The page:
Mining boom not boosting our mood
The mining boom is supposed to making us better off - so why doesn't it feel that way?
Consumer confidence is down, business confidence is below par, and the government sure isn't getting any pats on the back for successfully nursing the economy through the global recession.
It all boils down to what the Treasury, in the budget papers in May, referred to as the "patchwork economy".
It turns out we're not all on a good patch, as workers at BlueScope Steel have just been reminded.
On Monday, they learnt about 1,000 of them will lose their jobs when Bluescope closes a blast furnace in Port Kembla in NSW and a hot strip mill in Western Port in Victoria.
The company blamed the high Australian dollar and high costs of raw materials, along with weak steel prices and flagging demand from in the local market.
And those reasons can be seen as a neat summary of the forces currently dominating the Australian economy - seemingly driving it in several different directions at once.
Mining booms push the exchange rate up, punishing anyone competing with foreign producers.
And that net spreads wider than you might think.
A motel operator in country Queensland, a university in Sydney and a farmer in Victoria's Wimmera region each, in their own way, face competition from overseas as buyers of their goods and services weigh up the options.
A holiday in Fiji, a university in the US, and canola grower in Canada offer alternatives for buyers.
And the higher the Australian dollar goes, the better those alternatives look.
Mining still does boost the economy - mines have to be dug, roads and railways built and, at least before the global financial crisis, the flood of tax revenue from mining profits was recycled into the community through tax cuts and higher government spending.
And at least some of the profits accruing to the small minority of Australian owners trickles down into the economy as well.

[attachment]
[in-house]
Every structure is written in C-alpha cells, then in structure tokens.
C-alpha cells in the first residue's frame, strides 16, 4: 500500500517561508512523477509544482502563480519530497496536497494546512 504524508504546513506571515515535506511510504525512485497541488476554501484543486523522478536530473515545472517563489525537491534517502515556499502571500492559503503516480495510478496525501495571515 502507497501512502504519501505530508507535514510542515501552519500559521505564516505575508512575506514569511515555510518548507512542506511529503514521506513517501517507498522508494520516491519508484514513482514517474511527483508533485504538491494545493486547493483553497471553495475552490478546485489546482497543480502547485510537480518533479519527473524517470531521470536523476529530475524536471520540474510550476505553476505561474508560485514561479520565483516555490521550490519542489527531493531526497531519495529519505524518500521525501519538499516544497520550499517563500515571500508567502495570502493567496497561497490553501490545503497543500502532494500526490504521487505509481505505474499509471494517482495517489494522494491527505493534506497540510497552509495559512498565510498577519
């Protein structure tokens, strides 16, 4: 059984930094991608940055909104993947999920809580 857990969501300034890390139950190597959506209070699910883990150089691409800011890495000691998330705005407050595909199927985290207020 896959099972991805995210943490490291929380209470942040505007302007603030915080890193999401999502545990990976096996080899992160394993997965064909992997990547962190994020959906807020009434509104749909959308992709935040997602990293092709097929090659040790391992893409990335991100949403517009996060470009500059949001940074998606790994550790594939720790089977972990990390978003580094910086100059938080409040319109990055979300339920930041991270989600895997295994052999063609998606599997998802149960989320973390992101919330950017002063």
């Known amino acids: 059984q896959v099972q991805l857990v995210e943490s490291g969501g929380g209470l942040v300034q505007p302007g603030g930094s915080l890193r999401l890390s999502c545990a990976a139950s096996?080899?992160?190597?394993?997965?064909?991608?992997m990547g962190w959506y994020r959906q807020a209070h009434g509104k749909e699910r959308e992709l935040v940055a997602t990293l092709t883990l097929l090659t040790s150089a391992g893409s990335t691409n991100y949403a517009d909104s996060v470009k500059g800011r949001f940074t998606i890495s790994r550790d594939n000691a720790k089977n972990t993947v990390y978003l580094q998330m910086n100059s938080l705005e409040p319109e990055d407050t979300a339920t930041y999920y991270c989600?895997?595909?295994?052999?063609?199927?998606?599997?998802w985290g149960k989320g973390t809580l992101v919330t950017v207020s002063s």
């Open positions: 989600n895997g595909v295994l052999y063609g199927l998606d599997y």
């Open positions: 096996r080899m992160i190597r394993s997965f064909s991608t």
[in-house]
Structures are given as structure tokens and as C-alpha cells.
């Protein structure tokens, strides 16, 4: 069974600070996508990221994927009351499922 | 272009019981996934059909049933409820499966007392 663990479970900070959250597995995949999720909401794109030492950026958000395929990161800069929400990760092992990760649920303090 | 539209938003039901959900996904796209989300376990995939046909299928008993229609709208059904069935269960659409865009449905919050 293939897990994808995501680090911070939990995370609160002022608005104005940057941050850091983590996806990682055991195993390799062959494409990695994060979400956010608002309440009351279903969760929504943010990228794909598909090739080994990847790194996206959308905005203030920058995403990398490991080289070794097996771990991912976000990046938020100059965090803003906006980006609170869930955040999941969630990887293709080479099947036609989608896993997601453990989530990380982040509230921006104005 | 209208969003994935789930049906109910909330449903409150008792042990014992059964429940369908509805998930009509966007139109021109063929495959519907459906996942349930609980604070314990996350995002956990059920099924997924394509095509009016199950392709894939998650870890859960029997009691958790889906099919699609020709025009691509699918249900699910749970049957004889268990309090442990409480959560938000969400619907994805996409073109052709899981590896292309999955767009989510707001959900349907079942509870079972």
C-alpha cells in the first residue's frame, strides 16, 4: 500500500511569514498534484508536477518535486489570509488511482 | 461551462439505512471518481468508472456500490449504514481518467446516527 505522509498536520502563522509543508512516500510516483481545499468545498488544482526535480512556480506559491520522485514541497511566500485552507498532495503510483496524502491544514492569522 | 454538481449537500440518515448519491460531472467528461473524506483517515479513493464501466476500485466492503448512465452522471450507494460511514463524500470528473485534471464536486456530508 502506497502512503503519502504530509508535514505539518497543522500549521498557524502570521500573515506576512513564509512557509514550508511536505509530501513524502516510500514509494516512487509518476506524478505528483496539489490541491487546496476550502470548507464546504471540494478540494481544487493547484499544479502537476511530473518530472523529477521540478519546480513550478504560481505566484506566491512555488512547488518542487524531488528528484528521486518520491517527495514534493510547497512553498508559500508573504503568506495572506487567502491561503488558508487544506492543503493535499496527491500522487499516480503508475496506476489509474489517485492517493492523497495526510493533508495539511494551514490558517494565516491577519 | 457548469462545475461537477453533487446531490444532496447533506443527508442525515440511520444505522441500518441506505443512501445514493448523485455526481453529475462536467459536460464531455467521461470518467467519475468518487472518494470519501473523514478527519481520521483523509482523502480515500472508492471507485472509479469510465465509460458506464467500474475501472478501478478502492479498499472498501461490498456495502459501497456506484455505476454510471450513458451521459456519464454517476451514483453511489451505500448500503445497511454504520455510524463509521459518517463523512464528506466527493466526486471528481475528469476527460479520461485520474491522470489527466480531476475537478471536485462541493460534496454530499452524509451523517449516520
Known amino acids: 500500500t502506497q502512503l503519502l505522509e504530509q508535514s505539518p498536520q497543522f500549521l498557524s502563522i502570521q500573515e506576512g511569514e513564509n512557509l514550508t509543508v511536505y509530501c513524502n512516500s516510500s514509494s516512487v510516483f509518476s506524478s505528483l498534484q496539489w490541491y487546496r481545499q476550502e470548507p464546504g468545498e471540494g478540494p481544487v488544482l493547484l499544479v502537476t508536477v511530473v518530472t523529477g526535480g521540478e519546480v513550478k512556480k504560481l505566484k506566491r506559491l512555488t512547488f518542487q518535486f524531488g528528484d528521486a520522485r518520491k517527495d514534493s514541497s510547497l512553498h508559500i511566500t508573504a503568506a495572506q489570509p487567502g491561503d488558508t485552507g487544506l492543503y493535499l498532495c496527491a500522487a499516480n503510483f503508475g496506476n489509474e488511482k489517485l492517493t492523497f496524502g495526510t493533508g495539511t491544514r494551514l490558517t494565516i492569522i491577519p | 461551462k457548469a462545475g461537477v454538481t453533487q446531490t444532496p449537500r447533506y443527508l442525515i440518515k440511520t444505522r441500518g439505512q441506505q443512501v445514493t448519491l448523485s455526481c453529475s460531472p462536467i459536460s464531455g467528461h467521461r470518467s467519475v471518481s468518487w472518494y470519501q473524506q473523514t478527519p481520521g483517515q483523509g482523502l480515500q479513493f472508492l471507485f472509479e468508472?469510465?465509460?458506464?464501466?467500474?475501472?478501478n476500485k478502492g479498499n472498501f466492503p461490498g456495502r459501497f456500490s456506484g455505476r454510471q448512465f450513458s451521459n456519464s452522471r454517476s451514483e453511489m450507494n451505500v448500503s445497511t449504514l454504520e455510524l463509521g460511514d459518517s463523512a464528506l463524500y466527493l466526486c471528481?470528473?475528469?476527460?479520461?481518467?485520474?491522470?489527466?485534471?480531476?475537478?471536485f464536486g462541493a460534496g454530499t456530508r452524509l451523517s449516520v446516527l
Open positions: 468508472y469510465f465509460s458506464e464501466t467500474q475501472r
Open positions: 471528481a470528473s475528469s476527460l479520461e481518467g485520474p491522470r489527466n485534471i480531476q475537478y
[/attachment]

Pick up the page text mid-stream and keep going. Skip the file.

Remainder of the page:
But even that's part of the problem.
That additional activity created by the mining boom competes for the nation's productive capacity - including its workers - potentially causes wages and prices to push higher and feed into a self-sustaining inflationary spiral.
That's something the Reserve Bank of Australia (RBA) has vowed to prevent.
But that also means two things.
One is that the RBA will use interest rates to slow the economy.
So we have to put up with interest rates that are higher than in most other countries aside from emerging powerhouses like China and India.
The other is that, in order to keep average wage rises consistent with the inflation target, big rises in boom sectors like mining have to be balanced by slower wage rises elsewhere.
So it's too bad if you have a mortgage and work in - to coin a phrase - an elsewhere sector.
Part of the reason its argued that we'll be better off is that even though we can no longer produce these goods and services competitively, the soaring currency means we can buy them cheaply.
But here's the trouble with that argument.
The consumer price index, which measures the cost of living in Australia, rose 3.6 per cent over the past year.
Even if you take crazy banana prices out of the equation, the rise was still 3.0 per cent.
In other words, while import prices may be under pressure from the stratospheric Australian dollar, the average price level is rising just as quickly - plus a bit more - as it usually does.
No wonder so many people don't feel they've benefited from the mining boom.
At least housing and share prices are going up.
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